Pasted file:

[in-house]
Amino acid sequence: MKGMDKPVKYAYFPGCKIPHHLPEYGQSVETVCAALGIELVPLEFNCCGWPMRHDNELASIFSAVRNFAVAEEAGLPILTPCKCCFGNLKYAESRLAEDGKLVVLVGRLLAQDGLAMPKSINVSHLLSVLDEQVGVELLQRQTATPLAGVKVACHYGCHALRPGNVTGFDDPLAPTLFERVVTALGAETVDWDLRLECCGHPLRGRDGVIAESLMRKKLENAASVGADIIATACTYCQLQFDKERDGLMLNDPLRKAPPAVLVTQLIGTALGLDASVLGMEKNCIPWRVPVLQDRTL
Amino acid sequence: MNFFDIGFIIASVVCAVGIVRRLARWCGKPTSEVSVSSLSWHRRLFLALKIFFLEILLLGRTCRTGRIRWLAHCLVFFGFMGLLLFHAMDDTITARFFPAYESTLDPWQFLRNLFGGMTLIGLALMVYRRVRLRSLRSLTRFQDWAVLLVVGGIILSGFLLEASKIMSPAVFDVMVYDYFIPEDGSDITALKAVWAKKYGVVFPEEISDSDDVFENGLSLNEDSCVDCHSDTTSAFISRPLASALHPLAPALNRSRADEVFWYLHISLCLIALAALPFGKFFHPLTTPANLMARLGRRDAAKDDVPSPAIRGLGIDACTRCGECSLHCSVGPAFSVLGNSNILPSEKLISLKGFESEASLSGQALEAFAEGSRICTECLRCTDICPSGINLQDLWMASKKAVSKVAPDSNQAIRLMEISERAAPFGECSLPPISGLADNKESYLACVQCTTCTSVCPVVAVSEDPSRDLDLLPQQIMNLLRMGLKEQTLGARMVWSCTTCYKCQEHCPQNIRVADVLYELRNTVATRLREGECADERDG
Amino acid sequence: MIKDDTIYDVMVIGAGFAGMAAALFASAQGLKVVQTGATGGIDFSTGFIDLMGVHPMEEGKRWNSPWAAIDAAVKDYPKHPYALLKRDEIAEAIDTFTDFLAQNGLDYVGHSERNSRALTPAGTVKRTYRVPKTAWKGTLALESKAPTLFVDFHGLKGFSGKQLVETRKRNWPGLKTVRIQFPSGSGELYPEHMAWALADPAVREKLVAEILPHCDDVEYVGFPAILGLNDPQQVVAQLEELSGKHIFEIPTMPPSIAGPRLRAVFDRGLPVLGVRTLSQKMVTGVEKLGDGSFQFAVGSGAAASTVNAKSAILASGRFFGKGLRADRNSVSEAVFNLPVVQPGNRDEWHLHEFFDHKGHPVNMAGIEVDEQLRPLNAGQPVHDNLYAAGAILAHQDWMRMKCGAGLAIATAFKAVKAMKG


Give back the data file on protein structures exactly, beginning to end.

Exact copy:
[in-house]
Amino acid sequence: MKGMDKPVKYAYFPGCKIPHHLPEYGQSVETVCAALGIELVPLEFNCCGWPMRHDNELASIFSAVRNFAVAEEAGLPILTPCKCCFGNLKYAESRLAEDGKLVVLVGRLLAQDGLAMPKSINVSHLLSVLDEQVGVELLQRQTATPLAGVKVACHYGCHALRPGNVTGFDDPLAPTLFERVVTALGAETVDWDLRLECCGHPLRGRDGVIAESLMRKKLENAASVGADIIATACTYCQLQFDKERDGLMLNDPLRKAPPAVLVTQLIGTALGLDASVLGMEKNCIPWRVPVLQDRTL
Amino acid sequence: MNFFDIGFIIASVVCAVGIVRRLARWCGKPTSEVSVSSLSWHRRLFLALKIFFLEILLLGRTCRTGRIRWLAHCLVFFGFMGLLLFHAMDDTITARFFPAYESTLDPWQFLRNLFGGMTLIGLALMVYRRVRLRSLRSLTRFQDWAVLLVVGGIILSGFLLEASKIMSPAVFDVMVYDYFIPEDGSDITALKAVWAKKYGVVFPEEISDSDDVFENGLSLNEDSCVDCHSDTTSAFISRPLASALHPLAPALNRSRADEVFWYLHISLCLIALAALPFGKFFHPLTTPANLMARLGRRDAAKDDVPSPAIRGLGIDACTRCGECSLHCSVGPAFSVLGNSNILPSEKLISLKGFESEASLSGQALEAFAEGSRICTECLRCTDICPSGINLQDLWMASKKAVSKVAPDSNQAIRLMEISERAAPFGECSLPPISGLADNKESYLACVQCTTCTSVCPVVAVSEDPSRDLDLLPQQIMNLLRMGLKEQTLGARMVWSCTTCYKCQEHCPQNIRVADVLYELRNTVATRLREGECADERDG
Amino acid sequence: MIKDDTIYDVMVIGAGFAGMAAALFASAQGLKVVQTGATGGIDFSTGFIDLMGVHPMEEGKRWNSPWAAIDAAVKDYPKHPYALLKRDEIAEAIDTFTDFLAQNGLDYVGHSERNSRALTPAGTVKRTYRVPKTAWKGTLALESKAPTLFVDFHGLKGFSGKQLVETRKRNWPGLKTVRIQFPSGSGELYPEHMAWALADPAVREKLVAEILPHCDDVEYVGFPAILGLNDPQQVVAQLEELSGKHIFEIPTMPPSIAGPRLRAVFDRGLPVLGVRTLSQKMVTGVEKLGDGSFQFAVGSGAAASTVNAKSAILASGRFFGKGLRADRNSVSEAVFNLPVVQPGNRDEWHLHEFFDHKGHPVNMAGIEVDEQLRPLNAGQPVHDNLYAAGAILAHQDWMRMKCGAGLAIATAFKAVKAMKG